Jason- The name 'biophysics' refers to work on biological problems using techniques most familiar to physicists.
One current example from our department involves investigating how
muscle proteins work by studying how one protein 'walks' along another,
looking with very sensitive fluorescent microscopes at individual
molecules. Sometimes as the biophysical tools become more routinely
available, the same sort of work will continue but will be called
biochemistry, or put into practice in medical settings. Examples of
this latter kind of feeding into medicine from physics are X-ray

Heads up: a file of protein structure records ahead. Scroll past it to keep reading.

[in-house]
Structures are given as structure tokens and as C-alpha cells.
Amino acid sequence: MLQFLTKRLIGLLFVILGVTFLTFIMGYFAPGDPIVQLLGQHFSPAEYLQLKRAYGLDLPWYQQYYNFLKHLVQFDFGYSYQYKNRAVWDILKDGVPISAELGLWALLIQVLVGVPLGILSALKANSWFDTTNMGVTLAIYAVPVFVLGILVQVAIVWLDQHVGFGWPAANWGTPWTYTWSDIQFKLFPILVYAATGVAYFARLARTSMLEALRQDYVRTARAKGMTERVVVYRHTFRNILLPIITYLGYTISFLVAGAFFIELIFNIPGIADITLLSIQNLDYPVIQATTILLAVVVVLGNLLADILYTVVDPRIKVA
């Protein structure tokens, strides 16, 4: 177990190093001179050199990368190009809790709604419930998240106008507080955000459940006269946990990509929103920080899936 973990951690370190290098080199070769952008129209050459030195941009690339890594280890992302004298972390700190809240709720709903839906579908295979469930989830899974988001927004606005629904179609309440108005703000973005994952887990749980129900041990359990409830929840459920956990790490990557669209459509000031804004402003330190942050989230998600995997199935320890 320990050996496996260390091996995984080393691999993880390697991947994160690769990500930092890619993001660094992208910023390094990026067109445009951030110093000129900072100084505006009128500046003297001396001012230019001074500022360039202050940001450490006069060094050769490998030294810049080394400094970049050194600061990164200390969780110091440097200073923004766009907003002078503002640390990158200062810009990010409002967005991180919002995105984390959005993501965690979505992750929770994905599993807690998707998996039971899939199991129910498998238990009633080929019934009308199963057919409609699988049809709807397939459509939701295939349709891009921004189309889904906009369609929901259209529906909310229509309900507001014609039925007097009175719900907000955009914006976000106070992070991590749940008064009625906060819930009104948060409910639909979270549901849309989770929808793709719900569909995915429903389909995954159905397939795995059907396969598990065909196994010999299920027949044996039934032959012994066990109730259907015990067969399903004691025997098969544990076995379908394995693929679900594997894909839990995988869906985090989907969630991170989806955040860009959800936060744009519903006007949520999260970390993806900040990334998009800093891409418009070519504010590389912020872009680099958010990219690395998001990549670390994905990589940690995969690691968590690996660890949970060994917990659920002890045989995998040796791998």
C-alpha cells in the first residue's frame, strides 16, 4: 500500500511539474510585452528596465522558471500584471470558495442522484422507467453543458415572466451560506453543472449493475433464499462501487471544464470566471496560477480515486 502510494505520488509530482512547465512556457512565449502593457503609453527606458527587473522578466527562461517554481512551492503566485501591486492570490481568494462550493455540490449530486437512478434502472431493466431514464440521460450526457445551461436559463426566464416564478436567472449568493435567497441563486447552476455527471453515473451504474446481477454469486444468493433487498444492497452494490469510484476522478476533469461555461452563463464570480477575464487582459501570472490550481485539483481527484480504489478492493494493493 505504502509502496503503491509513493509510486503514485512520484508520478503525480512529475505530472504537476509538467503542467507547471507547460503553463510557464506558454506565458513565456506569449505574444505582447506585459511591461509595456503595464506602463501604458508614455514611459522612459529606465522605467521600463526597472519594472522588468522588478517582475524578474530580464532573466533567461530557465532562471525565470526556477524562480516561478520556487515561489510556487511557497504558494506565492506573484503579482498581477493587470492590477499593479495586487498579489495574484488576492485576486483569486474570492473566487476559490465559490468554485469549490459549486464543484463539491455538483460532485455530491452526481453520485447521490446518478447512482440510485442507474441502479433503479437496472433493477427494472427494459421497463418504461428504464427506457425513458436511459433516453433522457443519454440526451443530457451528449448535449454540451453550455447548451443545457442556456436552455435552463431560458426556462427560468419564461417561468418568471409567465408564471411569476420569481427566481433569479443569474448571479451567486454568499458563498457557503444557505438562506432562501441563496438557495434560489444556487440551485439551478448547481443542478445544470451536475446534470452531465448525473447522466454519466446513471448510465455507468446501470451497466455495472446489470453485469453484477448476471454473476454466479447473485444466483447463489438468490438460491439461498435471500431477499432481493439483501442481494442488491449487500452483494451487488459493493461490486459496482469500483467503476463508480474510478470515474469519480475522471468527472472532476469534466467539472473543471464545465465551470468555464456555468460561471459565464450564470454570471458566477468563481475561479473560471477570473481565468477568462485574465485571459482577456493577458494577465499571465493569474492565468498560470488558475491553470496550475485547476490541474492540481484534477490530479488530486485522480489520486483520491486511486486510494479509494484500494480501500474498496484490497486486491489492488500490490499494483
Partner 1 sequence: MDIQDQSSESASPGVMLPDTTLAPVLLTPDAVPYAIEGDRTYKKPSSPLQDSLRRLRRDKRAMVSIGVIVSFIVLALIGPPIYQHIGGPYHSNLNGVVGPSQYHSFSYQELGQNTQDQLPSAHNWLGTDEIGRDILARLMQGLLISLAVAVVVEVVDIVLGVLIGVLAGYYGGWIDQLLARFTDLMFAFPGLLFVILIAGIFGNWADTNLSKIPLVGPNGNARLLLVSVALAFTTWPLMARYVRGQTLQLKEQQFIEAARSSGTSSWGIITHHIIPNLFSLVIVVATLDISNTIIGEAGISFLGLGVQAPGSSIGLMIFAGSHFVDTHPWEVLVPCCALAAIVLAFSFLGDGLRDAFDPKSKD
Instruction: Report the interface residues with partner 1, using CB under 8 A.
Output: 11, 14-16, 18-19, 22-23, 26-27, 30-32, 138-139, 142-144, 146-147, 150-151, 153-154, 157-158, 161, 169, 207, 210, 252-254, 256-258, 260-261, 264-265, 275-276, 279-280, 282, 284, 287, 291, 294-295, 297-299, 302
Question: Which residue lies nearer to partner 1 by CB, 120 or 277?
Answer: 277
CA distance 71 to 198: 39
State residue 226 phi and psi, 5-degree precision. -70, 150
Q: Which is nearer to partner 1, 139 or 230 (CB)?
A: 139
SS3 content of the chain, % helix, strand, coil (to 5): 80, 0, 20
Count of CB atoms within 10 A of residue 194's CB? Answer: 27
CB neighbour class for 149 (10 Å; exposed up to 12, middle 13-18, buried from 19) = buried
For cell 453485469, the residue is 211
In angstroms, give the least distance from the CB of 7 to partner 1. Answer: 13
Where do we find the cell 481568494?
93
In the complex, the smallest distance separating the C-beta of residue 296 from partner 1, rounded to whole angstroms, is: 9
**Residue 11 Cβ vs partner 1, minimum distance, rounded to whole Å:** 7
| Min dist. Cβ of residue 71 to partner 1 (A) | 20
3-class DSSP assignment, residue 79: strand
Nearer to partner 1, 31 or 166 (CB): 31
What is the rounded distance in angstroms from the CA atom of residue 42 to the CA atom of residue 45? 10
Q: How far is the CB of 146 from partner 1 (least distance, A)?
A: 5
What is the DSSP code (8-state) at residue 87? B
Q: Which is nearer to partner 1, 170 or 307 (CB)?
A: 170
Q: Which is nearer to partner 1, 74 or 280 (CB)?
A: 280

diagnosis, magnetic resonance imaging (MRI), PET scans (that's
"positron-emission tomography, which depends on specially decaying
radionuclides which produce positrons. Positrons annihilate with
electrons to make a pair of photons, and detection of these photons can
pinpoint the production location).
Sometimes biophyisicists use theoretical techniques developed by
physicists to study biological patterns, but sometimes the same sort of
work is called theoretical biology.
So the lines between theoretical biology, biochemistry, biophysics,
and molecular biology are not especially sharp. When things go well,
people with a variety of different skills work on the same biological
Mike (and Tom)
(published on 10/22/2007)